Is Russell Wilson The Greatest Dual-Threat Quarterback Of All Time?

The first thing we have to ask is: what constitutes a true Dual-Threat Quarterback? I think it’s pretty easy to whittle things down on the Eye Test alone. For starters, we’re talking about quarterbacks who can also run with the football. So, we’re not talking about the greatest Running Quarterback, because if you looked at just the 2018 season, you’d have to say Lamar Jackson was the best Running Quarterback in the league. But, Dual-Threat means he can beat you with his legs AND his arm, and it’s pretty safe to say Jackson hasn’t built up that arm half of his game just yet.

So, I went into Pro Football Reference and played around with the numbers. First, I separated all the quarterbacks into a list of those who’ve run for 1,000 yards in their careers. But, that’s not quite good enough, because Tom Brady has 1,003 rushing yards in his career, and he is NOBODY’S idea of a Dual-Threat. So, I went ahead and bumped it up to 1,500 career rushing yards (mostly to knock him the hell off of a GOAT list, because he has enough GOATs in his life).

When you list them by rushing yards, you’ll find someone by the name of Tom Matte, who is listed as a quarterback and a running back. Among all quote-unquote Quarterbacks in NFL history, Matte has the 4th highest rushing yards total with 4,646. But, he only threw for 246 yards, so he’s obviously got to go. To be considered as the Greatest Dual-Threat Quarterback Of All Time, I figure at a minimum you need 20,000 passing yards. That drops our total from 53 to 38, which is a number I can get behind.

Such a list includes favorites like Jim Zorn, Andrew Luck, Joe Montana, Warren Moon, Archie Manning, and even Ryan Fitzpatrick! But, it also includes such stiffs as Vinny Testaverde, Boomer Esiason, Jay Cutler, Johnny Unitas, and Brett Favre. While they’re all pretty good-to-great, I don’t think you’d ever fear for your life if they were running with the football. Those guys mostly just hung around long enough to qualify for my arbitrary cutting-off point.

So, to whittle it down further, I had to put a limit on Yards Per Game. Yards Per Attempt isn’t worth a damn for a quarterback, because most guys scramble once or twice per game, and with the defense not expecting it, they tend to rack up a lot of garbage yards in the process. We need to focus on guys opposing defenses are specifically game-planning for. Setting it at 10 yards per game gets us down to 30 guys, and just barely keeps Jim Zorn on the list. But, it also keeps Jay Cutler on the list, and I just can’t have that. So, I increased it to a minimum of 13 yards per game, which also managed to cut off Joe Theismann, Ken Anderson, and Mark Brunell (who had 12.5 yards per game). While I like Brunell an awful lot, I don’t mind lopping him off because I don’t think he belongs in the conversation.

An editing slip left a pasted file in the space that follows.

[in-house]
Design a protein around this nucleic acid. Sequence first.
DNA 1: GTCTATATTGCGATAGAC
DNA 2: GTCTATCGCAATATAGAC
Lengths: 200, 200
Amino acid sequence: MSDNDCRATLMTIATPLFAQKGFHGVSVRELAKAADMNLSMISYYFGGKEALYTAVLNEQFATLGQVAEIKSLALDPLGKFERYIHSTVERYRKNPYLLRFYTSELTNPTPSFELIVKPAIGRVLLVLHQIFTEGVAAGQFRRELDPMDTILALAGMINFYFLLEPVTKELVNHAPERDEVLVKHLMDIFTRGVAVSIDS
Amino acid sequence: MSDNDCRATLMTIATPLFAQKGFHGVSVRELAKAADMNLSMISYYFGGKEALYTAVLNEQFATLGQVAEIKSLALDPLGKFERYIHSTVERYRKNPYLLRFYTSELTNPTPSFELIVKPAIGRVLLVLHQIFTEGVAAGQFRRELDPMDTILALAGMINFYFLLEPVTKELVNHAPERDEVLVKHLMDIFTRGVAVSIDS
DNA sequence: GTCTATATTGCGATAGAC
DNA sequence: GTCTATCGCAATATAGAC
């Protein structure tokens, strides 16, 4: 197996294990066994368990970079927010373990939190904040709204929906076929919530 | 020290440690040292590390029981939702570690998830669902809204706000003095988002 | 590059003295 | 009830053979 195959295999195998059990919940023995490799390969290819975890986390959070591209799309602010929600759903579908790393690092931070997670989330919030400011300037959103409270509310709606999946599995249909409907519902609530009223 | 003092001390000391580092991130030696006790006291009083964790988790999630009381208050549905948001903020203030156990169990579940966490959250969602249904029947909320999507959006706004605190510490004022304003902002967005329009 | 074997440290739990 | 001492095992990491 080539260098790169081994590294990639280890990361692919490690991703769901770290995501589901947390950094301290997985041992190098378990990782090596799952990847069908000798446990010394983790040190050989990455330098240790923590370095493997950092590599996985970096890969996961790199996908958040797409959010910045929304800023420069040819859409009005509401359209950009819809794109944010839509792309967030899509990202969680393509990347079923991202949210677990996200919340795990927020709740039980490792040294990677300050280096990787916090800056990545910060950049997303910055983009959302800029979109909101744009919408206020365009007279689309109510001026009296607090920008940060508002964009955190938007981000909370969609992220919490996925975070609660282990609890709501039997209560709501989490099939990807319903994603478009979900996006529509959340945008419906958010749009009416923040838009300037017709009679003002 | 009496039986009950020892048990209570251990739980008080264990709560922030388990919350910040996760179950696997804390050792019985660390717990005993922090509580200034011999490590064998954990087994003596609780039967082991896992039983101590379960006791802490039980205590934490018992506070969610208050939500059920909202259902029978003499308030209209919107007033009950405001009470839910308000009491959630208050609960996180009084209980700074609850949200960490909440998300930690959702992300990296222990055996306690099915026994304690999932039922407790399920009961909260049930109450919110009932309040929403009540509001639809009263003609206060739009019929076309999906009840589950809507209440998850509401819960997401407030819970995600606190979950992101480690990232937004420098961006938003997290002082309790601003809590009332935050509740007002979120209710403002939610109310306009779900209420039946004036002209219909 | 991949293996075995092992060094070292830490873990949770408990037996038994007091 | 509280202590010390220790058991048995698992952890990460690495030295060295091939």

1,500 career rushing yards, 20,000 career passing yards, and 13 rushing yards per game put us at 25 quarterbacks. But, a couple of names still bothered me, because mediocre quarterbacks like Jeff Blake and Aaron Brooks were still hanging around. So, I made the cutoff 22,000 passing yards, and we’re left with a Top 23. This fits better with my idea of a Dual-Threat Quarterback.

For what it’s worth, I was going to be more strict with the Rushing Yards Per Game, and set it at 20, to really separate the wheat from the chaff, but that ended up cutting off guys like John Elway, Fran Tarkenton, Roger Staubach, and Aaron Rodgers. While I don’t consider A-Rod to be a “running quarterback” per se, he’s still lumped into that Dual-Threat mold, even though his arm is VASTLY superior to his running ability (I’d put it at somewhere like 90/10, or 80/20 at the very most). And, while Elway certainly slowed down on running in his old age, you just can’t have this conversation without him.

There are a number of ways to go about ranking these guys, but I’m just going to go by Who I Would Most Want On My Football Team, at the beginning of their careers, for the duration of their careers.